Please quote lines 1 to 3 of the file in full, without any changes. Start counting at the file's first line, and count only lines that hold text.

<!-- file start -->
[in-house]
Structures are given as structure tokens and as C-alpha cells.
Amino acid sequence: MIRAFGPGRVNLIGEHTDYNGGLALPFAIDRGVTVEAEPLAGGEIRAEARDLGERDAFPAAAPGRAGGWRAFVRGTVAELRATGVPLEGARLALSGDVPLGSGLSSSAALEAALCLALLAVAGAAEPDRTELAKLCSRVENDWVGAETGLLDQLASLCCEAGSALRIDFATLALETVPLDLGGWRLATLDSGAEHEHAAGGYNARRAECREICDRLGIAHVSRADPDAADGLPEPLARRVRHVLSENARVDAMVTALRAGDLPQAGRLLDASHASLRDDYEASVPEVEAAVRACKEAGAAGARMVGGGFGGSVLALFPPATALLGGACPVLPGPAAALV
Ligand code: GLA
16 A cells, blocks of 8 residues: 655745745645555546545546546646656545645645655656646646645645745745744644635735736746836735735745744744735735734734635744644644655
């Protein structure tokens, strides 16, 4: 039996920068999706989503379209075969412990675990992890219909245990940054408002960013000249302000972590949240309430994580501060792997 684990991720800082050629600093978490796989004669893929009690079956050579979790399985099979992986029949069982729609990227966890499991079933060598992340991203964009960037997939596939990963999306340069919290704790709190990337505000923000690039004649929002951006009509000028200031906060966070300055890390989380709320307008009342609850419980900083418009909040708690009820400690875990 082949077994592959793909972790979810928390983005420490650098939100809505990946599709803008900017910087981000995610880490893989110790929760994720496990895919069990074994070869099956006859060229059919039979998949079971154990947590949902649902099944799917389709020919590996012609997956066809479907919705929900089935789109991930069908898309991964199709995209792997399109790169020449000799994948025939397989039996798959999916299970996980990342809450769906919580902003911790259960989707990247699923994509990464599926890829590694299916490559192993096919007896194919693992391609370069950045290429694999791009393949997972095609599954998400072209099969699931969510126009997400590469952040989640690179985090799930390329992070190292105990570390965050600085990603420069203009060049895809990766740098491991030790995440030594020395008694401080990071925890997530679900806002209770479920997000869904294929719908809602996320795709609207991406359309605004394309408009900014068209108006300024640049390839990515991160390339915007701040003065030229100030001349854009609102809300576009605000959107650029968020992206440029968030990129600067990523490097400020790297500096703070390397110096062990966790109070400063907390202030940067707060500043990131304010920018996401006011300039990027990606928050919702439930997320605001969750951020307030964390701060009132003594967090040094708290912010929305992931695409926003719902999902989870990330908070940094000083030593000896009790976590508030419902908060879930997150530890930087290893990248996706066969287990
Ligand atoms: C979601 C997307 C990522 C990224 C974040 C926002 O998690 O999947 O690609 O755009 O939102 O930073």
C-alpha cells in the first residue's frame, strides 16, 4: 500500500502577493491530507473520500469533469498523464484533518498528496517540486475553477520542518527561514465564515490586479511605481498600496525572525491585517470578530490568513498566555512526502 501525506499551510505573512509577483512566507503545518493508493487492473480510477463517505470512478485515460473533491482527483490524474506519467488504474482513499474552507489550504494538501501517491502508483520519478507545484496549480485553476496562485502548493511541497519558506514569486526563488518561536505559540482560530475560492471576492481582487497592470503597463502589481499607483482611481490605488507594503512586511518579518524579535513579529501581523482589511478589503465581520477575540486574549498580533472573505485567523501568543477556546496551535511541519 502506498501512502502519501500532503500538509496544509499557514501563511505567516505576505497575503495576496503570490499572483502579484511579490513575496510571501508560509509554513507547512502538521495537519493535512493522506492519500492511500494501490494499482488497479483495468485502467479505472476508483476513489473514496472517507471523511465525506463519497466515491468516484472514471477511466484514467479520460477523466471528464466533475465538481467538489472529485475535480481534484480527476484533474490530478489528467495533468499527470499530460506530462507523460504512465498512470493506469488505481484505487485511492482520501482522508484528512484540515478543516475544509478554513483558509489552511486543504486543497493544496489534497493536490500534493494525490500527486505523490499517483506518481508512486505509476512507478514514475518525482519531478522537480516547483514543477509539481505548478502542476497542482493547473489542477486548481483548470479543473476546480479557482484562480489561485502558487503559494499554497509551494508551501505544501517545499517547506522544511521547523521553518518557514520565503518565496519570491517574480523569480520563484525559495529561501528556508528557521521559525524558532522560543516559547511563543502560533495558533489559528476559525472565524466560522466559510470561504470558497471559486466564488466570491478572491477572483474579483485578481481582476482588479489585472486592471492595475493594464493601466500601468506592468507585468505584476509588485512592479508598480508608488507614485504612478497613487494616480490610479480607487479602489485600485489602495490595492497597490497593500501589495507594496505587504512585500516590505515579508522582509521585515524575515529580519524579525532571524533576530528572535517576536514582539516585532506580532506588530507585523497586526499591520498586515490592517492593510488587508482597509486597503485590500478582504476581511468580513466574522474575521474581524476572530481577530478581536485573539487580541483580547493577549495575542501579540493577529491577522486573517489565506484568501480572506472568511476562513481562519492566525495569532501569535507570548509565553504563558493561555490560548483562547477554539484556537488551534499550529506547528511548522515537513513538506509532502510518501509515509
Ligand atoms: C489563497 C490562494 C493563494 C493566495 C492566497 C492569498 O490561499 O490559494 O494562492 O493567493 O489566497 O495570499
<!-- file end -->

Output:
[in-house]
Structures are given as structure tokens and as C-alpha cells.
Amino acid sequence: MIRAFGPGRVNLIGEHTDYNGGLALPFAIDRGVTVEAEPLAGGEIRAEARDLGERDAFPAAAPGRAGGWRAFVRGTVAELRATGVPLEGARLALSGDVPLGSGLSSSAALEAALCLALLAVAGAAEPDRTELAKLCSRVENDWVGAETGLLDQLASLCCEAGSALRIDFATLALETVPLDLGGWRLATLDSGAEHEHAAGGYNARRAECREICDRLGIAHVSRADPDAADGLPEPLARRVRHVLSENARVDAMVTALRAGDLPQAGRLLDASHASLRDDYEASVPEVEAAVRACKEAGAAGARMVGGGFGGSVLALFPPATALLGGACPVLPGPAAALV